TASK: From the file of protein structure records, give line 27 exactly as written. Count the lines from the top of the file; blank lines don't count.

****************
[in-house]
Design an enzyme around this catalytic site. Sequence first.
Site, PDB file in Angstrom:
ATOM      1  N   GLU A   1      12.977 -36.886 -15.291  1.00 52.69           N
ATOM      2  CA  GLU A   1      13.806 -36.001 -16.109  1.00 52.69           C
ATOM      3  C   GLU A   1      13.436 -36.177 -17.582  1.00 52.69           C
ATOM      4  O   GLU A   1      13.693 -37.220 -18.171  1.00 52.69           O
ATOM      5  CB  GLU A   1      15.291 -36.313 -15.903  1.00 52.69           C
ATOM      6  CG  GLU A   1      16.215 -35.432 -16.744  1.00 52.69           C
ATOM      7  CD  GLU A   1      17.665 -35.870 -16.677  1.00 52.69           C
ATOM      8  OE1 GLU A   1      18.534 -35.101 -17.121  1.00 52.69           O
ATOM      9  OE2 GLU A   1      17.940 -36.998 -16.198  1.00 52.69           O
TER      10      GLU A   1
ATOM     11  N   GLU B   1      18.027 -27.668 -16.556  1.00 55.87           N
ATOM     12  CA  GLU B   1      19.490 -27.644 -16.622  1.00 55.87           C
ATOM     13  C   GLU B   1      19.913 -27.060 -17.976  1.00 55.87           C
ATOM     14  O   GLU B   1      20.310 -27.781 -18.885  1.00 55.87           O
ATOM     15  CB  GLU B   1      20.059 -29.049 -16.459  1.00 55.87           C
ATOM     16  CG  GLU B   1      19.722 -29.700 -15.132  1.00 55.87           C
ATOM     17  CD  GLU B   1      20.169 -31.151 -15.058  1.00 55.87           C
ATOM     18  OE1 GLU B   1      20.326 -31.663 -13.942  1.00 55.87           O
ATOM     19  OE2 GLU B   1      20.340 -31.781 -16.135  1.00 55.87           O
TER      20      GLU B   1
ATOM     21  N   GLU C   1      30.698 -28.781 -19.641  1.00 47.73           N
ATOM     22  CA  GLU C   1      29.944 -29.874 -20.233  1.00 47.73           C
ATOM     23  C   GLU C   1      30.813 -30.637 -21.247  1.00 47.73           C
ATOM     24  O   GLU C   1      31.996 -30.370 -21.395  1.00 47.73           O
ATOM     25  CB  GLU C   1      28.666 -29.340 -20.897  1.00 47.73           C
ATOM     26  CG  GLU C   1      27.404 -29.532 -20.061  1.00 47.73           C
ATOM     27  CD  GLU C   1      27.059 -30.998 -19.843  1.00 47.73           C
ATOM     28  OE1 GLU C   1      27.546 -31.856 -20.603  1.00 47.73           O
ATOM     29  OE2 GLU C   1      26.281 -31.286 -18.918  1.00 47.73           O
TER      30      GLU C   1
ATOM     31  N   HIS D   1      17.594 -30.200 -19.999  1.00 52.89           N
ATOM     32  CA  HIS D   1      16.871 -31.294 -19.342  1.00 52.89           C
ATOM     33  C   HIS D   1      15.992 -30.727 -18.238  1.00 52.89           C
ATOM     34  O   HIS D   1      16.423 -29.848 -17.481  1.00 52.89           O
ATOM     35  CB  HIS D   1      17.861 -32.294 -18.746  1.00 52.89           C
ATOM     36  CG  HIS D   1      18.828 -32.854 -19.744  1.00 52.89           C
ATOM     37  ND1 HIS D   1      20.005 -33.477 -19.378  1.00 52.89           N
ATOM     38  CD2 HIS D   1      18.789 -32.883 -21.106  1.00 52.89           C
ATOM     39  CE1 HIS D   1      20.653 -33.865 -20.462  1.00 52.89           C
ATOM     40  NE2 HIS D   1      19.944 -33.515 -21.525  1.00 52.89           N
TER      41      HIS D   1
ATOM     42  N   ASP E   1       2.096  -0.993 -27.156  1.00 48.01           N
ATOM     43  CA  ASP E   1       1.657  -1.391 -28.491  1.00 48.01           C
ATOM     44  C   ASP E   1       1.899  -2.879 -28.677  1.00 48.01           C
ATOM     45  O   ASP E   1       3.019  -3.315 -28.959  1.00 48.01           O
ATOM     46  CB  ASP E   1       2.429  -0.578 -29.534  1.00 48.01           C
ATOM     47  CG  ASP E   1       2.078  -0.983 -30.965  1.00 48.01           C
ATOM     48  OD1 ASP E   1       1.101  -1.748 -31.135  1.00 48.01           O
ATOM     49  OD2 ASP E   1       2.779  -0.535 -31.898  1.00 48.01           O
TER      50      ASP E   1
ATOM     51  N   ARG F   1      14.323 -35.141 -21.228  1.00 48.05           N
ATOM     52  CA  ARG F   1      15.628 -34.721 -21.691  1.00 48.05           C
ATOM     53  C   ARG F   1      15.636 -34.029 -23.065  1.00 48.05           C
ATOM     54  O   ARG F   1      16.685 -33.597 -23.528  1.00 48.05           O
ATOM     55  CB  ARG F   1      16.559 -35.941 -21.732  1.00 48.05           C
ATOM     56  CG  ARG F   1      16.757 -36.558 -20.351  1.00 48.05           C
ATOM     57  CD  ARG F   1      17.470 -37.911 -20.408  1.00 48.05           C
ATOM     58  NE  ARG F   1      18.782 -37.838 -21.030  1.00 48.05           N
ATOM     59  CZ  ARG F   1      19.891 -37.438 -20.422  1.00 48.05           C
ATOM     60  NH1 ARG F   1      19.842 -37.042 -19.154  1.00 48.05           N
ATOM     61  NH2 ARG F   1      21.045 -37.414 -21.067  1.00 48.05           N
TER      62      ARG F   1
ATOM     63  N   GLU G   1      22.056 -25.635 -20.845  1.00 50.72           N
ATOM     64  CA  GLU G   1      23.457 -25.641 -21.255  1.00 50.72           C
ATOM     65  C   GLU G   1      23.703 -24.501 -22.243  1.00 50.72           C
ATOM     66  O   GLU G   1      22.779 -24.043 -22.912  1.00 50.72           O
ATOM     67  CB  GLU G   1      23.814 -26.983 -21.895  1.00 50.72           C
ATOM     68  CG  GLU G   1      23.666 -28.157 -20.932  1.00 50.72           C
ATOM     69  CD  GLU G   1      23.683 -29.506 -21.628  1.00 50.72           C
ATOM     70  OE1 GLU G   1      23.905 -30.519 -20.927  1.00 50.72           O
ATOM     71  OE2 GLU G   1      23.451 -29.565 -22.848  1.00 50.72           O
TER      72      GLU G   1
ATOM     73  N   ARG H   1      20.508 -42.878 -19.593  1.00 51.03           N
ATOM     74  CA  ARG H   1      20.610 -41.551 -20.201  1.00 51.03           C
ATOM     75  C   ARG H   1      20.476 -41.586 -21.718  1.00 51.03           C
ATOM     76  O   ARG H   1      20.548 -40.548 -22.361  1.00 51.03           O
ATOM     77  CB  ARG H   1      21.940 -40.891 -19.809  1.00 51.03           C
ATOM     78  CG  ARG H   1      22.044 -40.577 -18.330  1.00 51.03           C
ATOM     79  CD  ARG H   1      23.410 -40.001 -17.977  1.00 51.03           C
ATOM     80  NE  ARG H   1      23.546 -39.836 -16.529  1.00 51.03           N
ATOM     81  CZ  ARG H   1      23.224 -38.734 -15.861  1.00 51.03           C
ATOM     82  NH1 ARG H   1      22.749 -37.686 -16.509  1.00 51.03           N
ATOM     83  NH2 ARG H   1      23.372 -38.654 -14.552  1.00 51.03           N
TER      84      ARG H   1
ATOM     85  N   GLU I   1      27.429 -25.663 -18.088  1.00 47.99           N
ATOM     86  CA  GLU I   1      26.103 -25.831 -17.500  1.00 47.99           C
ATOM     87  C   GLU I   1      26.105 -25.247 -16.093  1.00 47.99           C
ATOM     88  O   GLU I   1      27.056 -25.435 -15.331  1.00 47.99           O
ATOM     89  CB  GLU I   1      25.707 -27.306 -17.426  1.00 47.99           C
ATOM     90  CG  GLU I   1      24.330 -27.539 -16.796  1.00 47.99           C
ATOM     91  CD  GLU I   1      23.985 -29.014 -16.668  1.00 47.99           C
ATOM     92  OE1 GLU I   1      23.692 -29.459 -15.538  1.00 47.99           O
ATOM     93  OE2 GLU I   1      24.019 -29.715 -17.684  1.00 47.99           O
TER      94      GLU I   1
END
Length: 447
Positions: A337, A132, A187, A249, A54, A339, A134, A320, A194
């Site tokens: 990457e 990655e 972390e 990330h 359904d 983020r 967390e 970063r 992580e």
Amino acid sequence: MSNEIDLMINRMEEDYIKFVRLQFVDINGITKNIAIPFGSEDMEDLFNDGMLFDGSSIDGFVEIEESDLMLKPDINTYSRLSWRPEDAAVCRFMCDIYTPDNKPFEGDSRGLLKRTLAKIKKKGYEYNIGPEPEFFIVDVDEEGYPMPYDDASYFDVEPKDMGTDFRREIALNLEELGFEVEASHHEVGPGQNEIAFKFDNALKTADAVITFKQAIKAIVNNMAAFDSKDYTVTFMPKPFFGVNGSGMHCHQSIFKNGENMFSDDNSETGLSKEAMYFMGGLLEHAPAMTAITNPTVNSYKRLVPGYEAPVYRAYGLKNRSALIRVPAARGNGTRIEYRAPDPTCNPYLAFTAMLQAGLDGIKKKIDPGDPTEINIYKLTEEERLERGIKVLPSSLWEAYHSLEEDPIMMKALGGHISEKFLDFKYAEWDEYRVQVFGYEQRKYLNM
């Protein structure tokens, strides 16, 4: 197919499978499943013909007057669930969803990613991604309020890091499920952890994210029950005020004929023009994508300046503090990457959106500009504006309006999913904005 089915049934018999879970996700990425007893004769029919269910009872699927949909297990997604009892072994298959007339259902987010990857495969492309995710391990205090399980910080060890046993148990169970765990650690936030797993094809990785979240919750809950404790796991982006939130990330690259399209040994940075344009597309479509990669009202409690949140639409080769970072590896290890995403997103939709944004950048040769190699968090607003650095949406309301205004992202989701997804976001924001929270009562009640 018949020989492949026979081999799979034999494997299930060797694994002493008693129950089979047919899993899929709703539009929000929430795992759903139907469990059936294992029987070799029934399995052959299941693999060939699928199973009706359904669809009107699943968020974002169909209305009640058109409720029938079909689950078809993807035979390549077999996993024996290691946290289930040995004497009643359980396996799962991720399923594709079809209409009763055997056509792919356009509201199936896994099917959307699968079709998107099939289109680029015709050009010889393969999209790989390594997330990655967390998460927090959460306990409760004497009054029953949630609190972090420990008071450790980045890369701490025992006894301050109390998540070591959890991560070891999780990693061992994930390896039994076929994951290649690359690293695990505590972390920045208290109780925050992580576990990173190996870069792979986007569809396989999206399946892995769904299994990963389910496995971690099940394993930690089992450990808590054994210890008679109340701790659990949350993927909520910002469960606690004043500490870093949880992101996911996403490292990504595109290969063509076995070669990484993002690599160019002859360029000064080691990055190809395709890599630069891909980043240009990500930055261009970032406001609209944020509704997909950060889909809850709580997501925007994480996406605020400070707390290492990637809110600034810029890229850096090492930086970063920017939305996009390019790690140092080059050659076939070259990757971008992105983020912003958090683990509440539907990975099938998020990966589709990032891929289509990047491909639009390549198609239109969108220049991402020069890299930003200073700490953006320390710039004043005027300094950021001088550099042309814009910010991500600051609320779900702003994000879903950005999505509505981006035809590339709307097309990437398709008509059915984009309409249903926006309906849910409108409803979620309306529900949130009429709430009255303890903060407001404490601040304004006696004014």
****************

ATOM     24  O   GLU C   1      31.996 -30.370 -21.395  1.00 47.73           O